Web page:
Top positive review
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never less than enthralling
on 17 October 2011
If you're one of those people and looking to steal a very rare book, whatever you do, never, and this should be underlined and repeated, never, steal a Shakespeare First Folio. Not because stealing a Shakespeare First Folio is necessarily that hard; if the heists detailed in Eric Rasmussen's The Shakespeare Thefts are an example, it's actually a relatively straightforward process to steal a Shakespeare First Folio. Not quite sticking a Harry Potter under your jumper in WH Smiths, but security in some places has been strangely loose and based on much trust between a reference library and the person purporting to be an academic.
No, the problem with stealing a Shakespeare First Folio is that you'll never be able to sell it on. Well, you might, on the black market, assuming you have the right contacts, but only for a fraction of what it's actually worth. The problem is, at least for a prospective thief is that not only do Rasmussen and a team of researchers have a record of the location for all the couple of hundred or so Shakespeare First Folios in existence, they've also tirelessly created a descriptive record of them all so that if a Folio is stolen and then another Folio appears on the market, they can tell relatively quickly if they're one and the same.
Soon this data will been published. It's in The Shakespeare First Folios: A Descriptive Index and although - based on the section quoted in this supplementary book - it's fairly dry read it also provides added security to those owners who've agreed to have their Folio recorded. You may have seen the documentary on television last year, the story of how Raymond Rickett Scott carried a Folio into the Folger Shakespeare Library in Washington claiming to have bought it in Cuba, and although it was missing its covers and first pages, they were very quickly able to identify it as the copy stolen from Durham University ten years before.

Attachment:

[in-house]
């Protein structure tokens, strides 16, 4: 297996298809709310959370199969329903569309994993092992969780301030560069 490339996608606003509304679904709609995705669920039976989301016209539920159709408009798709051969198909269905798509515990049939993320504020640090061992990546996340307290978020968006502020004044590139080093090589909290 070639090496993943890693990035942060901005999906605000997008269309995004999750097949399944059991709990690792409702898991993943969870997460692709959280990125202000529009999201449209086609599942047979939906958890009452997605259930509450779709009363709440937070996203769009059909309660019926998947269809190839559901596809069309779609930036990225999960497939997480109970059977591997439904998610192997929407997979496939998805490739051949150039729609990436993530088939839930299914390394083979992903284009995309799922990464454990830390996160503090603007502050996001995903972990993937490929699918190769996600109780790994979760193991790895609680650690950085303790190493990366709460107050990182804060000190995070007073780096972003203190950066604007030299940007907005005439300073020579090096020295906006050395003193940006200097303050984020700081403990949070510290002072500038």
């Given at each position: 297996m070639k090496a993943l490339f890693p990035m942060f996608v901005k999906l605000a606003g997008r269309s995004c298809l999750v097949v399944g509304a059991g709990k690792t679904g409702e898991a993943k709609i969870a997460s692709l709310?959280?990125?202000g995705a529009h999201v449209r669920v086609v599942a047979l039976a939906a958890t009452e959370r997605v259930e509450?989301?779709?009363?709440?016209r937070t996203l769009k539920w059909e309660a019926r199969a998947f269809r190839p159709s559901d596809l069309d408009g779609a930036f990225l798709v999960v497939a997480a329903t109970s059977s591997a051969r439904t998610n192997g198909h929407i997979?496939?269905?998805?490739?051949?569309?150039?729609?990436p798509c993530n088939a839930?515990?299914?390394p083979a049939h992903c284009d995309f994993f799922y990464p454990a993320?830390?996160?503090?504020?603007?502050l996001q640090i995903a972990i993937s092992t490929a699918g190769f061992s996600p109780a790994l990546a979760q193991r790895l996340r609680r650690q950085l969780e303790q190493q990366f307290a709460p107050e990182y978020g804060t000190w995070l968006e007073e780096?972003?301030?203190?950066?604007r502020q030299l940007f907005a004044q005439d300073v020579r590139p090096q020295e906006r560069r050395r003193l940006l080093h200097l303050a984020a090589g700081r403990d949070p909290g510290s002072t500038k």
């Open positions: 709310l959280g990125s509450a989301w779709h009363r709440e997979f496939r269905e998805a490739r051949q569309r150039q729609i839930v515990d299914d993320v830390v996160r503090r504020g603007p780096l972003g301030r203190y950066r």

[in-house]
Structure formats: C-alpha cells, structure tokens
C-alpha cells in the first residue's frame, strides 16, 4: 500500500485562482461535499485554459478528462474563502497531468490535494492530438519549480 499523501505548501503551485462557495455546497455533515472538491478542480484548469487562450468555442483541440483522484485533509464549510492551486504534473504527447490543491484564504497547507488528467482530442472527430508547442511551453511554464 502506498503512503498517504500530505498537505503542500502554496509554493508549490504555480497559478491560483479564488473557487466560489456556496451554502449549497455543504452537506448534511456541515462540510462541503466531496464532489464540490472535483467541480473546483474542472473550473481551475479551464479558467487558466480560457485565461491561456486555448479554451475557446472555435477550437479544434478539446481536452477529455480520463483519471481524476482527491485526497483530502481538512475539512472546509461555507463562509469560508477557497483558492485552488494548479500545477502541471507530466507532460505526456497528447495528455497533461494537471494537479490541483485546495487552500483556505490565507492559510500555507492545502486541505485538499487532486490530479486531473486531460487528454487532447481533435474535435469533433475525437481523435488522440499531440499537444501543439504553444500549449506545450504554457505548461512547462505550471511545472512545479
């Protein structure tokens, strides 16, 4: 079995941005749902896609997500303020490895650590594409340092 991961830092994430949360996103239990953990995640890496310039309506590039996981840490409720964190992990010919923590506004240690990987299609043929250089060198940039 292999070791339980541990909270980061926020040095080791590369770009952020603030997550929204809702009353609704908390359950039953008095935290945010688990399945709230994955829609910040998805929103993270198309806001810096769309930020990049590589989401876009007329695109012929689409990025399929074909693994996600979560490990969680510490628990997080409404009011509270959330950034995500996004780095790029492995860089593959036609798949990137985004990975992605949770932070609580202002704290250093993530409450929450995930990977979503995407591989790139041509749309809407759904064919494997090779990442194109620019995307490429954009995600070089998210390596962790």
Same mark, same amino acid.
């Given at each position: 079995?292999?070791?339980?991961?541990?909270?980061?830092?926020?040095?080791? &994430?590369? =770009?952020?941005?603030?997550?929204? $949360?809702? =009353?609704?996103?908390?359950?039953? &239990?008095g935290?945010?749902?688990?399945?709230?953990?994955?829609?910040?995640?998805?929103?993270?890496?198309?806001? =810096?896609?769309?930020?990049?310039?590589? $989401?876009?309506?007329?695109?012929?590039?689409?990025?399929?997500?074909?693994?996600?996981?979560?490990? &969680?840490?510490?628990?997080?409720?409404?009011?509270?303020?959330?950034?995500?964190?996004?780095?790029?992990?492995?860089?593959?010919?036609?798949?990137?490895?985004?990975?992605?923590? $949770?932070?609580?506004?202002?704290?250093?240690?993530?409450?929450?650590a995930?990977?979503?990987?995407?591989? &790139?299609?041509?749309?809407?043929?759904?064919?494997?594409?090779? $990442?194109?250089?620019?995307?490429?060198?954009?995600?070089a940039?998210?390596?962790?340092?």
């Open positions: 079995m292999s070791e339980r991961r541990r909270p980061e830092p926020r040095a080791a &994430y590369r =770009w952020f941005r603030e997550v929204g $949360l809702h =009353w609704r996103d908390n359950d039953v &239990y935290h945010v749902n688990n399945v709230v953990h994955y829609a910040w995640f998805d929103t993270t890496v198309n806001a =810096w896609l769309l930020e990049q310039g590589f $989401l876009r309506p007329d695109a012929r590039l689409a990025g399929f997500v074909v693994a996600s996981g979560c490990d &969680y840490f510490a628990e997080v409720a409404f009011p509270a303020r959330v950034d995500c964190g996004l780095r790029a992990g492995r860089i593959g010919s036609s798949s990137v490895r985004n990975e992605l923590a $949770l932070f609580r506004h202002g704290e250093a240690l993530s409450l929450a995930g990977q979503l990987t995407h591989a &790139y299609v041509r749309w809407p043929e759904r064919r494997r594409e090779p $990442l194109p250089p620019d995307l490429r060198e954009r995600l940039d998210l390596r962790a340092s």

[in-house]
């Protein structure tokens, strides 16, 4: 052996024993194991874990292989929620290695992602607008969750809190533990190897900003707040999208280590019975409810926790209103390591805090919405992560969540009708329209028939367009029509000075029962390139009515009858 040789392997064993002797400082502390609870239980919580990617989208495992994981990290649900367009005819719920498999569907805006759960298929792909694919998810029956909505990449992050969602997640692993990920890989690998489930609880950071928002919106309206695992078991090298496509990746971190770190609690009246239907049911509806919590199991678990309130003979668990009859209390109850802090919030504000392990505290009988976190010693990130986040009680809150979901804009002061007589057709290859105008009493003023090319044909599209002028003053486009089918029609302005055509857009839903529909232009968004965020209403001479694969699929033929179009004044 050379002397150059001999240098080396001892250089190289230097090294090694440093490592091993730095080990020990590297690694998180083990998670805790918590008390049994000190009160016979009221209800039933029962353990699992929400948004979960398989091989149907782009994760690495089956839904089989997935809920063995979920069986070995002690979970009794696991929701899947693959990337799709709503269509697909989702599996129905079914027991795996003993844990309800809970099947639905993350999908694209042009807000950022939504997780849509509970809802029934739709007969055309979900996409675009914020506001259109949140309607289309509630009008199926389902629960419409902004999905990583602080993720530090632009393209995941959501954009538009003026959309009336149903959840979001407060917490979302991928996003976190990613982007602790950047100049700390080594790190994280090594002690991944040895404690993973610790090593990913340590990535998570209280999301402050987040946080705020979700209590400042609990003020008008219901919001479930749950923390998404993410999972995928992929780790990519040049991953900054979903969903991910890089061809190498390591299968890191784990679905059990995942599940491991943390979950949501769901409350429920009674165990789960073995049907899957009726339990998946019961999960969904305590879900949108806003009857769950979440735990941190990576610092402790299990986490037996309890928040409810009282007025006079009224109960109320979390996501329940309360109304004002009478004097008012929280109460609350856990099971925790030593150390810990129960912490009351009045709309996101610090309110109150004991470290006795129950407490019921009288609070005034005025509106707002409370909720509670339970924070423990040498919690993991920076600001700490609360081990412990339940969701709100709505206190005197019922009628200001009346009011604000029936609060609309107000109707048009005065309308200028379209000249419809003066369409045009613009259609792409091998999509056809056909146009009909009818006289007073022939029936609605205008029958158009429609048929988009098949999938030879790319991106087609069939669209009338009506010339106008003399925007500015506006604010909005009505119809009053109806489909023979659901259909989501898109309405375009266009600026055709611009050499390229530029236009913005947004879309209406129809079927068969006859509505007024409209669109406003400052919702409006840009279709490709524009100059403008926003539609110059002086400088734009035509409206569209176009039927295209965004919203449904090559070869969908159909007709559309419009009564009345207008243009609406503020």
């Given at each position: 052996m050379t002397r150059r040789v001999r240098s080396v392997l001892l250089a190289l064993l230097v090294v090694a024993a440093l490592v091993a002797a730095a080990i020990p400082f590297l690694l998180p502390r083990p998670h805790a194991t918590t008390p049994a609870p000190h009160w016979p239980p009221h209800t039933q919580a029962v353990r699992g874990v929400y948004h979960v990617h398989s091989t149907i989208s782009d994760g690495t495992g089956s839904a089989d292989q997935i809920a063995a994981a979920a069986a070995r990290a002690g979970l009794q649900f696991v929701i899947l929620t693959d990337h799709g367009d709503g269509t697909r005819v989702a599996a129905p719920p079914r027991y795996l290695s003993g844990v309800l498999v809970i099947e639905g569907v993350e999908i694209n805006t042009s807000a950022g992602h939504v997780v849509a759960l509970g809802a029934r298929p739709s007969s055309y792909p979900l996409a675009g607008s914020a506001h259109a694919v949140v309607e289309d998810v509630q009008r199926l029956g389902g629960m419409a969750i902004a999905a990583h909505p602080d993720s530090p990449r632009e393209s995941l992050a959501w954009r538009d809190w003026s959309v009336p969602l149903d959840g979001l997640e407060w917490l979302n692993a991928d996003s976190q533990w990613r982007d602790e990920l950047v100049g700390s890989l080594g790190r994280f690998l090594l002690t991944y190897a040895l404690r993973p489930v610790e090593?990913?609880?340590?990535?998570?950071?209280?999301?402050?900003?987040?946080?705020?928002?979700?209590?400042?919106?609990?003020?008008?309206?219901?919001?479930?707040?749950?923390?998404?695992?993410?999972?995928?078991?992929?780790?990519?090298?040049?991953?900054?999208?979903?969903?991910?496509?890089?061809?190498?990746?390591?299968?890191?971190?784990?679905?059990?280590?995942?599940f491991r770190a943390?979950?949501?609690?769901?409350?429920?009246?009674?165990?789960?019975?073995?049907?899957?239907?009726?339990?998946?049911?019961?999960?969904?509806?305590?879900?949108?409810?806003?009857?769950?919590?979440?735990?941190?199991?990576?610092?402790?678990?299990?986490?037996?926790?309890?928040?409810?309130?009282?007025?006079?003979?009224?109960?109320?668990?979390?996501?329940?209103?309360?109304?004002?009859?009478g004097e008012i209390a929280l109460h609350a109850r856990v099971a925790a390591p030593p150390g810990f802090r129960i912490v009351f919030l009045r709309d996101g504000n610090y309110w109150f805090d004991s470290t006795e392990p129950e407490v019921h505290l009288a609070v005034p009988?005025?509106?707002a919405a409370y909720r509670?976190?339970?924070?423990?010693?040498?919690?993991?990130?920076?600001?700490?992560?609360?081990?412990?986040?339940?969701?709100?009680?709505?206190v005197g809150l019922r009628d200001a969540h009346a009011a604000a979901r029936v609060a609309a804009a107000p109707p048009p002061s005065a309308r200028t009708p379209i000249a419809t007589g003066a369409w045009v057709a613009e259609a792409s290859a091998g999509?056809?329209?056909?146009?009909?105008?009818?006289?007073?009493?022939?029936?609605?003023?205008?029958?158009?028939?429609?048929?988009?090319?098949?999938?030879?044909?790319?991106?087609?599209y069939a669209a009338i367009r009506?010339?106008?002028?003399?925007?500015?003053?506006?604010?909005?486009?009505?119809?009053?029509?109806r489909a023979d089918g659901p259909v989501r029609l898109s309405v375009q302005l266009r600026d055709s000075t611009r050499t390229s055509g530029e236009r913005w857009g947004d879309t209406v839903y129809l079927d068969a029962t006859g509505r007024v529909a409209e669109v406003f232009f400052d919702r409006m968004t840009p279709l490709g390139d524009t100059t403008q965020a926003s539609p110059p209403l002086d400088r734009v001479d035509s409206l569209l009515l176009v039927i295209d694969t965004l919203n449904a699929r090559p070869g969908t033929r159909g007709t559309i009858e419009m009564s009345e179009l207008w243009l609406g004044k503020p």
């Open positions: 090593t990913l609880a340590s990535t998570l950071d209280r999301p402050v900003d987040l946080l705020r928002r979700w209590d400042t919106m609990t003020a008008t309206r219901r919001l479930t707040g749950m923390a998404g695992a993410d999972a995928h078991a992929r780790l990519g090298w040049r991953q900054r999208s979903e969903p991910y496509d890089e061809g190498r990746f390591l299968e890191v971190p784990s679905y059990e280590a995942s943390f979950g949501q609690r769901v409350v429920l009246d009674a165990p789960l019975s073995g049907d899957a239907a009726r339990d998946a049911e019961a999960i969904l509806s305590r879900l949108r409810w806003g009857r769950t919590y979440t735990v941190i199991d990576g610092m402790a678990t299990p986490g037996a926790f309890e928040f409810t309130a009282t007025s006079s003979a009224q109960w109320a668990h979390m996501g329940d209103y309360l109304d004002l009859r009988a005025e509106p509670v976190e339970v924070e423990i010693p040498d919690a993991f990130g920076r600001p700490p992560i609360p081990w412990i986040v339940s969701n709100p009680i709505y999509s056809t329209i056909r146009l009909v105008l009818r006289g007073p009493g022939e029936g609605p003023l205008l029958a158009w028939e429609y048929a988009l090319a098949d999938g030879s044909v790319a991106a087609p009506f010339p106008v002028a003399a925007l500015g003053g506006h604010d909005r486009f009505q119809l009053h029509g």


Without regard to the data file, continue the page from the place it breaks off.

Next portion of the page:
The Shakespeare Thefts is a cautionary tale and there are numerous other examples of less educated thieves who've fallen into the same trap of assuming that stealing a Shakespeare First Folio is just like any other rare book. But Rasmussen seeks to underscore the point by revealing that it's not simply the description of each book which identifies it, but it's provenance. They've been able to identify who originally purchased each of these Folios and the book's journey through time, some simply sitting on a shelf in the intervening years, some having escaped war zones, some even having apparently saved lives, taking a bullet themselves.
All of which is very exciting, but the book itself is something of a curate's egg, not quite sure what it wants to be. On the one hand it is about the thefts of the folios and on the other it is about their history. Then there's a third hand about the actual processes of recording the folios and some anecdotes about that and the inevitable forth about those Folios out of reach, locked away in private vaults with orders for them not to be seen the frustration of which Rasmussen returns to on a number of occasions. He returns to a few subjects on a number of occasions even repeating the same information. This is a messy book.
Perhaps a more schematic approach would have helped. The Descriptive Index promises to have full provenance details and perhaps a better approach here would have been to simply pick the more interesting Folios and offered the story of those with an anecdote about its recording as this attempts to do in a few chapters. But that would also have a required a slightly more academic tone and the other slightly problem is Rasmussen (who amongst other things co-edited the RSC Complete Works with Jonathan Bate) is attempting to write for that market and the popular history section which in some cases makes it very readable but in others slightly insubstantial. I managed to finish the book in about two hours.
As it stands, what is here is never less than enthralling and the slightly random approach does give it the tone of an extended after dinner speech or spending an entertaining evening in the office of an academic after hours as they regale you with war stories or fishing tales, the Folio destroyed in fires or nibbled by rats. There's an excellent short chapter about the preparation of the text for the recent RSC Hamlet with David Tennant, the production we didn't see, and the appendix is as clear a description of the process of the original publication of the folios as I've ever read. Approach it in the right spirit and this is a thoroughly entertaining read.